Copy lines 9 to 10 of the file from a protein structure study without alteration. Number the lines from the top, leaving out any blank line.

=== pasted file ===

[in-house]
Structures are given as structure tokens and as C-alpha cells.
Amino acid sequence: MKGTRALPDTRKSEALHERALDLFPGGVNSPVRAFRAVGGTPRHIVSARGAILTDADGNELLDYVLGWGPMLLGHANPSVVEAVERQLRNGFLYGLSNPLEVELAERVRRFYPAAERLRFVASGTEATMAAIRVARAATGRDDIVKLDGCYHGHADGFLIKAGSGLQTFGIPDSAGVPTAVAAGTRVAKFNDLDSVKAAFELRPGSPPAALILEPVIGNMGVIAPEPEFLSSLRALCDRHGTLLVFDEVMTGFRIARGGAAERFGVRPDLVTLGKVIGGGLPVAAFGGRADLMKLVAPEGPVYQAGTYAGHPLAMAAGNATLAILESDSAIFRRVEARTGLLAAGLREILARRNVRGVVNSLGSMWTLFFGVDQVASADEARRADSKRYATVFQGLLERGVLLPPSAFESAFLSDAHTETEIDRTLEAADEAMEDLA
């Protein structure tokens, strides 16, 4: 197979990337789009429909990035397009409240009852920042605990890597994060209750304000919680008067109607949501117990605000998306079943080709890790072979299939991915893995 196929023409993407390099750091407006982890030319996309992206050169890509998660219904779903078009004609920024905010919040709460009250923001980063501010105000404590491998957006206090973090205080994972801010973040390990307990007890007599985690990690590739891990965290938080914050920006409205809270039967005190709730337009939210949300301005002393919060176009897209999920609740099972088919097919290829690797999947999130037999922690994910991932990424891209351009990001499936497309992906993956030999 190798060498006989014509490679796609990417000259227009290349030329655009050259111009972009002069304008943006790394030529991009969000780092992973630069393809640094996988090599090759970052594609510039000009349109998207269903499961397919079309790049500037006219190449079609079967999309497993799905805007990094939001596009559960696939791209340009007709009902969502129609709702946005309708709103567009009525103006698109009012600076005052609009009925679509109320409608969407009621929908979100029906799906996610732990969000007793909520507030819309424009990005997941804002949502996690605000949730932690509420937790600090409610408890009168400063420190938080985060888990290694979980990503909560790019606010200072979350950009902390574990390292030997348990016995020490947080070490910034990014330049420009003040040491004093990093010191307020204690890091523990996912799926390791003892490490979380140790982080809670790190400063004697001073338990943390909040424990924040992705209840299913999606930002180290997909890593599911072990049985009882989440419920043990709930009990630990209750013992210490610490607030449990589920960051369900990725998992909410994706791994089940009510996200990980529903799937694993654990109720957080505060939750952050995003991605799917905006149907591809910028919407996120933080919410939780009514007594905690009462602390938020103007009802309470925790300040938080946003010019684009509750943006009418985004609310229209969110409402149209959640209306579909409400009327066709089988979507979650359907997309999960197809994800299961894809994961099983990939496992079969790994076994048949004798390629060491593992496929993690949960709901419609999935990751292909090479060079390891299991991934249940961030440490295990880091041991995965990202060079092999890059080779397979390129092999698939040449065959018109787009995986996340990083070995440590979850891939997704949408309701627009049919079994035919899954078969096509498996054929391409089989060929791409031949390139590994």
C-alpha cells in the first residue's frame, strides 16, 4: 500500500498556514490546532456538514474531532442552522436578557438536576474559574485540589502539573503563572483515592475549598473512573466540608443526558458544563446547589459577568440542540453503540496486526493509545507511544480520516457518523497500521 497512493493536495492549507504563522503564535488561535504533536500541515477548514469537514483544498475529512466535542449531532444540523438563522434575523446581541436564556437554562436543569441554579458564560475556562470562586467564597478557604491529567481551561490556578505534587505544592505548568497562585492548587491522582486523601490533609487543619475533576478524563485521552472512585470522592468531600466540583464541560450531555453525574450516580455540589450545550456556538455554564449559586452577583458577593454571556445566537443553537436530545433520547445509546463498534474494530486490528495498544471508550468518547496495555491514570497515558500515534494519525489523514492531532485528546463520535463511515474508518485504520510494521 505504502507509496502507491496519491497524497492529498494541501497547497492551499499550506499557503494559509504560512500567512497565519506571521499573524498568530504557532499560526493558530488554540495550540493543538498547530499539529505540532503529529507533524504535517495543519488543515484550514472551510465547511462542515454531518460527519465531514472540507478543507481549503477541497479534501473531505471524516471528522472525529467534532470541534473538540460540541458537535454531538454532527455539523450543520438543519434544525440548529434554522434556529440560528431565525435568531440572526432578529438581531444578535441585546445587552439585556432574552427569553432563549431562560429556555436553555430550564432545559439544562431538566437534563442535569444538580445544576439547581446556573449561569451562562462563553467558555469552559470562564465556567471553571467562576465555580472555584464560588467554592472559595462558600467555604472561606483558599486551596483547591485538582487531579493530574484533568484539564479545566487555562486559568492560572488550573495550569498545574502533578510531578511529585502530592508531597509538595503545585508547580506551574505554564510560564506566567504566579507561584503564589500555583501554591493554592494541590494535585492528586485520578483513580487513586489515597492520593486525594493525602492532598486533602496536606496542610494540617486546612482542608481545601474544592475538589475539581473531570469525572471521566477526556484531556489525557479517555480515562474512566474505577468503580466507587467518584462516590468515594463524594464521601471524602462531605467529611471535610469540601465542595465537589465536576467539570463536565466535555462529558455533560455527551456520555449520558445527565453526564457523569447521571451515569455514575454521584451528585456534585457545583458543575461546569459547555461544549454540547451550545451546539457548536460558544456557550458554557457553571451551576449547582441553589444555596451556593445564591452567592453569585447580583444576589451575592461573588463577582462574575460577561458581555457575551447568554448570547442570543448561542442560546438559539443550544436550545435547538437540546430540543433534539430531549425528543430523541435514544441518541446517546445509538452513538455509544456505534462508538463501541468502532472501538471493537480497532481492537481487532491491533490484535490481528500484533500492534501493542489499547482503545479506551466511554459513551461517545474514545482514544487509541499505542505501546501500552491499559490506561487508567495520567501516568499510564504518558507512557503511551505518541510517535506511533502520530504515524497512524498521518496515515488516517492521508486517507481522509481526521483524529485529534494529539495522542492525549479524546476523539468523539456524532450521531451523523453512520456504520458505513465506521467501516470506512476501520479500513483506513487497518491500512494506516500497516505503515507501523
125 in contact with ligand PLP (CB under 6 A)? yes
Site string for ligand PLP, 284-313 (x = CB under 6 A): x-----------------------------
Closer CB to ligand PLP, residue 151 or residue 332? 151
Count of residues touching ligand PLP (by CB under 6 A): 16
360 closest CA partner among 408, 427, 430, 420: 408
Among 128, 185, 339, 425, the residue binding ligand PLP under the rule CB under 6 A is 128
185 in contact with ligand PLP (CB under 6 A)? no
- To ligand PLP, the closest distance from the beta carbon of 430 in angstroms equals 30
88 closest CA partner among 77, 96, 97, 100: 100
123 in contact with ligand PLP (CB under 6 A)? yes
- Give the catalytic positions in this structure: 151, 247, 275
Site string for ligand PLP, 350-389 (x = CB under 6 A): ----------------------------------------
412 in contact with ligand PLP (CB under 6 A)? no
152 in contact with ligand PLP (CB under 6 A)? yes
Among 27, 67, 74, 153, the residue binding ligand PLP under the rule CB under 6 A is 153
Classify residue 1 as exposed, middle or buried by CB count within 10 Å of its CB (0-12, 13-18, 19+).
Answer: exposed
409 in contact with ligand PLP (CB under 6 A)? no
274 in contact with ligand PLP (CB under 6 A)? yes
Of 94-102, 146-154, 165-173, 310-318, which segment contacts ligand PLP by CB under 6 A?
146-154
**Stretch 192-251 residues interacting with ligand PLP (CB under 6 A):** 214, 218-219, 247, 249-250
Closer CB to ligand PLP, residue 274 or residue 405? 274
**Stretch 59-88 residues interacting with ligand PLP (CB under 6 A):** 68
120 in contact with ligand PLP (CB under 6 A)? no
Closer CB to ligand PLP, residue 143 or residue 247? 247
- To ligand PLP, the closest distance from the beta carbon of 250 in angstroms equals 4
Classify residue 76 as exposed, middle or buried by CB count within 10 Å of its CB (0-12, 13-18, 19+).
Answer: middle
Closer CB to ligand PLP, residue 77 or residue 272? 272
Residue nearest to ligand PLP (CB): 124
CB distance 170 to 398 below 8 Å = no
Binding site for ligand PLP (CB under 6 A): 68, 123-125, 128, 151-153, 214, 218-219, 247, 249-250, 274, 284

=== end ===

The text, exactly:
Count of residues touching ligand PLP (by CB under 6 A): 16
360 closest CA partner among 408, 427, 430, 420: 408